Living in and around mountains, as we do in Summit County, we learn to have an appreciation and a respect for the high limits of our peaks. This fondness for the alpine experience is a sentiment shared by renowned mountaineer, Dee Molenaar, whose career has spanned many decades, and whose book, The Challenge of Rainier, recently marked its 40th Anniversary in 2011, with the release of the updated 4th Edition, including a new Foreword by legendary climber, Ed Viesturs.
Dee Molenaar’s name was already familiar to me from K2-The Savage Mountain, Charles Houston’s account of the infamous and epic 1953 attempt on the world’s second highest peak. Molenaar’s experience on that Karakoram giant was shared by Summit County’s own legendary sportsman, Robert Craig, founder of the Keystone Science School and The Keystone Center.
What I did not know, until reading the dense, but engaging pages of Molenaar’s The Challenge of Rainier, was that he and Bob Craig had met before, sharing a climbing rope for their own adventure on Mount Rainier. “Dee and I did the first direct ascent of the Nisqually Icefall in 1947,” Craig said about his collaboration with Molenaar. “In 1953, we were teammates on the memorable American K2 Expedition. Dee was the ideal companion in high places - - steady, courageous, unselfish, and above all, humorous.”
Aware that the 14,410 foot volcano is unique in the annals of mountaineering lore, I was prepared for a thorough documentary, but Molenaar’s deep knowledge of the mountain’s history impressed me. Unlike many authors who have documented historic climbs, Molenaar goes far beyond describing his own many years of experiences on the peak’s ridges and faces, choosing, instead, to detail Rainier’s mystical status throughout history, beginning well before the Europeans first spotted the massive peak rising above the waters of the Puget Sound.
Carefully documenting the volcano’s geologic birth, and the resulting distinct features that make the mountain such a coveted prize for mountaineers, Molenaar proceeds to “climb” the many routes on the mountain, as they were conquered, one by one since the first adventurers climbed up in their wool jackets and hob-nailed boots, often carrying nothing more than an alpenstock and a pocketful of prunes.
The precision of Molenaar’s descriptions often tended toward tedium, but being an “arm chair” fan of mountaineering literature for many years, and thus having become familiar with much of the terminology, I persevered, gaining a true feel of the mountain’s challenging contours, which clearly should never be underestimated. Many casual climbers have journeyed up its slopes, confident of their abilities to master the mountain, but the unpredictable nature of Rainier’s location in the Cascade Range, which can receive immense amounts of heavy snowfall, and the dynamic array of glaciers, steam caves, and avalanche-prone slopes, all conspire to keep Rainier’s upper summits (3 named--Columbia Crest, Point Success, and Liberty Cap) unattainable for all but the most capable of people.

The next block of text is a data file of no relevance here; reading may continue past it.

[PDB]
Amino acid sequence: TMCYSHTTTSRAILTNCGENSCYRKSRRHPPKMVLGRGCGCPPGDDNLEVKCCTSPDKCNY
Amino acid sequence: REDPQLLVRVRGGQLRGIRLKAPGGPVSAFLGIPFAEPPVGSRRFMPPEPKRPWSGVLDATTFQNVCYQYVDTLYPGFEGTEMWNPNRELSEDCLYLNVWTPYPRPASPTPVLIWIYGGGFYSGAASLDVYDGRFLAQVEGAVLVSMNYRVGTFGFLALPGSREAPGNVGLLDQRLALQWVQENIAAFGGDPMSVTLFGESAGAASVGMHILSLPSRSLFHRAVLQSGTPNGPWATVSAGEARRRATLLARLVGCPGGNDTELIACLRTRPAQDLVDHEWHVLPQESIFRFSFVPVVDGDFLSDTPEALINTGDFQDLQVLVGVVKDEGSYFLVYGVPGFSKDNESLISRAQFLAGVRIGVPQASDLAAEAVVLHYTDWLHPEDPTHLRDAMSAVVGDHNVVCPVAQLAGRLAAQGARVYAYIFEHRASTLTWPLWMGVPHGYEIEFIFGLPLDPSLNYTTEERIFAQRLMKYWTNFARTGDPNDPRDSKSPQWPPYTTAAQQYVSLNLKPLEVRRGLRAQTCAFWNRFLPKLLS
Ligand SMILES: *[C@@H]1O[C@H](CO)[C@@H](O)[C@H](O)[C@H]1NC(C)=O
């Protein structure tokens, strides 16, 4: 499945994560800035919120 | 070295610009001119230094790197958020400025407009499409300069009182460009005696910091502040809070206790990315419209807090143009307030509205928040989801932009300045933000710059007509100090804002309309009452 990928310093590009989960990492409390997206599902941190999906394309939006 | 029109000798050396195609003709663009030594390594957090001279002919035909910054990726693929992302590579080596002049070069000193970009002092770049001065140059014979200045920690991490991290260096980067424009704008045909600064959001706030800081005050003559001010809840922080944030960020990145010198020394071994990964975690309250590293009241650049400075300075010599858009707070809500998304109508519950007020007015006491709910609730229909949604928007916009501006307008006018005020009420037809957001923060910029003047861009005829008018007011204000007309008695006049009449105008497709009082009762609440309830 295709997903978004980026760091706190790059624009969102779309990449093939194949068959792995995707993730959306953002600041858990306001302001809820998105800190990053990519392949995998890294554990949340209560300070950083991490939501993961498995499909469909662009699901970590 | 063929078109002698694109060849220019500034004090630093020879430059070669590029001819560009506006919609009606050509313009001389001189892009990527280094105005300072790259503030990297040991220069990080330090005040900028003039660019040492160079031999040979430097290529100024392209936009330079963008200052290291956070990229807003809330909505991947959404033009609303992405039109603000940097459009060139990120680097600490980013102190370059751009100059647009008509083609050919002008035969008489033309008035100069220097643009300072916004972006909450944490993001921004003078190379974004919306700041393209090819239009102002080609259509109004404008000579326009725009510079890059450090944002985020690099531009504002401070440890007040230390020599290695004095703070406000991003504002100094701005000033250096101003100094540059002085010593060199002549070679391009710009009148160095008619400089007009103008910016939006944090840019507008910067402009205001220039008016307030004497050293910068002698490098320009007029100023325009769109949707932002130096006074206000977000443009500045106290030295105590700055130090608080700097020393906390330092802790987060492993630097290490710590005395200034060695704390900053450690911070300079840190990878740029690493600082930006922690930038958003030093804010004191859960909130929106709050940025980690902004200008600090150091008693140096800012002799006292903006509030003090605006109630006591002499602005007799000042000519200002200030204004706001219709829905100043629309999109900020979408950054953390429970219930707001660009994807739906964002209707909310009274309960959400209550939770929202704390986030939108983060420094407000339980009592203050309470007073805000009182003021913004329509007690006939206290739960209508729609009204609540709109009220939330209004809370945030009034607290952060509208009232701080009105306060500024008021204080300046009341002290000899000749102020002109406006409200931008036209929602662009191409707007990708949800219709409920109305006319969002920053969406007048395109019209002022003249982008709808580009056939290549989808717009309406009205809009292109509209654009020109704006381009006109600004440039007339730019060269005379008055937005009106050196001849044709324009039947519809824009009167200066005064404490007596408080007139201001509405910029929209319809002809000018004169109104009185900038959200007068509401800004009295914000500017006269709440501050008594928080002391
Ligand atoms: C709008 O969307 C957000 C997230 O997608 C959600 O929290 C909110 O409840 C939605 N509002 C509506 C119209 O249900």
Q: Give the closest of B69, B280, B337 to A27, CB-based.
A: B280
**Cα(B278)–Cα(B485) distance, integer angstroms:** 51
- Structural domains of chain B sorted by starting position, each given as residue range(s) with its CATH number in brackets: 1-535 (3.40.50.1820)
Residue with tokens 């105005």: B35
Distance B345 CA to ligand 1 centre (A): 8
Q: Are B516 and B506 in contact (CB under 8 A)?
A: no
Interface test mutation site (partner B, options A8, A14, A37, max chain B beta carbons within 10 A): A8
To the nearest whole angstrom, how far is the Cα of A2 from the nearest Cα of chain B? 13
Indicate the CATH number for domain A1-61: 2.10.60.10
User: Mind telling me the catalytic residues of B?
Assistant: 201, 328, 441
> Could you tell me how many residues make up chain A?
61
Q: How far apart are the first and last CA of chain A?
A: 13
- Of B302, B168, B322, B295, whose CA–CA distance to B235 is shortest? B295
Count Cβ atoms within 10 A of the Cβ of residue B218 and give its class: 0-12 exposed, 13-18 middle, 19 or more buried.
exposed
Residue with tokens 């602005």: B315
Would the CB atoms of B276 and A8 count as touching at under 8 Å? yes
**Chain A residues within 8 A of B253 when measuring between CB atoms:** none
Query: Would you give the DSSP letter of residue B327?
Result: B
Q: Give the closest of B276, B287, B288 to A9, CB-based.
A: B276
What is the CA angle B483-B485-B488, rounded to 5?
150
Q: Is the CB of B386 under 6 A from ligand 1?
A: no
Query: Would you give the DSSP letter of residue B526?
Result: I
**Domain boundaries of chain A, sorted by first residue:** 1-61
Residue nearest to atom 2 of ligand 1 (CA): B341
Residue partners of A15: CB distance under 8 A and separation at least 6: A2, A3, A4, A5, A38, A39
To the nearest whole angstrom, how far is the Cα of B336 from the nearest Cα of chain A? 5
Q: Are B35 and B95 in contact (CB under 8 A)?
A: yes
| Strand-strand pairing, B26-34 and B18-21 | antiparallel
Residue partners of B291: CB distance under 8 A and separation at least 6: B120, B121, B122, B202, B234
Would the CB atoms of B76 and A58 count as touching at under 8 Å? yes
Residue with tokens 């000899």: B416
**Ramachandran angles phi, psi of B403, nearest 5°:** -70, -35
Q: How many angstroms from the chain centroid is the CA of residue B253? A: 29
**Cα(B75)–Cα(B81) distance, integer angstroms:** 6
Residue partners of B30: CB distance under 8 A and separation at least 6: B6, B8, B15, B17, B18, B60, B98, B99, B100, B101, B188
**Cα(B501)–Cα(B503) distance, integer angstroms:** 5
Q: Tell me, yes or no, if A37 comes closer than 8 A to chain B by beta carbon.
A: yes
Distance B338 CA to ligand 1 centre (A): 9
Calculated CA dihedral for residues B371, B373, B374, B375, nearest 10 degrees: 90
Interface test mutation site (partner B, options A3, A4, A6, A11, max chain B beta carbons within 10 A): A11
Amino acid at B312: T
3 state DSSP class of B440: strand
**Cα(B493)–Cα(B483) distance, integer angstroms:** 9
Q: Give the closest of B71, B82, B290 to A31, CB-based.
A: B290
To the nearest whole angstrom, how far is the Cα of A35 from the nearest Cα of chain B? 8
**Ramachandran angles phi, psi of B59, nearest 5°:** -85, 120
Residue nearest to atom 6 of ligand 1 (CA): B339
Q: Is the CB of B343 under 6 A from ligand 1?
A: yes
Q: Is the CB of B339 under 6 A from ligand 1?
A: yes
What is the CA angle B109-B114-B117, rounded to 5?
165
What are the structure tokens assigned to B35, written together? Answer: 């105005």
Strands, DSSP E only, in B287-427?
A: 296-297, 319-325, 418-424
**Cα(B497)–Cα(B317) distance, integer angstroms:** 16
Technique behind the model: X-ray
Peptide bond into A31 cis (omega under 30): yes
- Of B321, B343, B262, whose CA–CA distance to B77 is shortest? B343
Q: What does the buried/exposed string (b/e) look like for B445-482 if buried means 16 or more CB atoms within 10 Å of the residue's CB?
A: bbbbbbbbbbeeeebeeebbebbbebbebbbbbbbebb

Clearly, Molenaar was himself perfectly capable of navigating the many summit approaches, having studied the details from below and meticulously recording his beloved mountain through painstaking drawings from every angle. The Challenge of Rainier is filled with these sketches, exhibiting the author’s passion for the mountain upon which he honed the craft of mountaineering and guiding.
Countless lifelong climbing careers began on the slopes of Rainier, and Molenaar covers many of them, detailing the transitions ambitious youths made from eager beginners, diligently toe-kicking their way up the snowy inclines to the ranks of mature and highly-trained guides, rangers, or high-altitude expedition leaders. Numerous climbers, with their sights set on the most coveted of trophies, Mount Everest, sharpened their skills on Rainier, where weather patterns and the varied terrain mimic much of what is found on the highest peak in the world.
Of course, chronicles of mountaineering feats would not be complete without an examination of the tragedies that are inherent to the sport. Rainier has seen its share of fatal missteps and accidents, but rather than making them the main feature of the narrative, as in many other similar chronicles, Molenaar allowed first-hand accounts from witnesses to speak for the deceased and for their places in the mountain’s fabled history.
As my reading of The Challenge of Rainier came to a close, I marveled at how much I had learned about this spectacular mountain, whose grandeur is often overlooked because it has the good fortune of being on our own continent, in close proximity to a major U.S. city, rather than in some far-off exotic land. Dee Molenaar is a convincing advocate for this nation’s own “mountaineer’s mountain”. Mount Rainier is worthy of attention and reverence, and his finely-crafted book is a testament to that.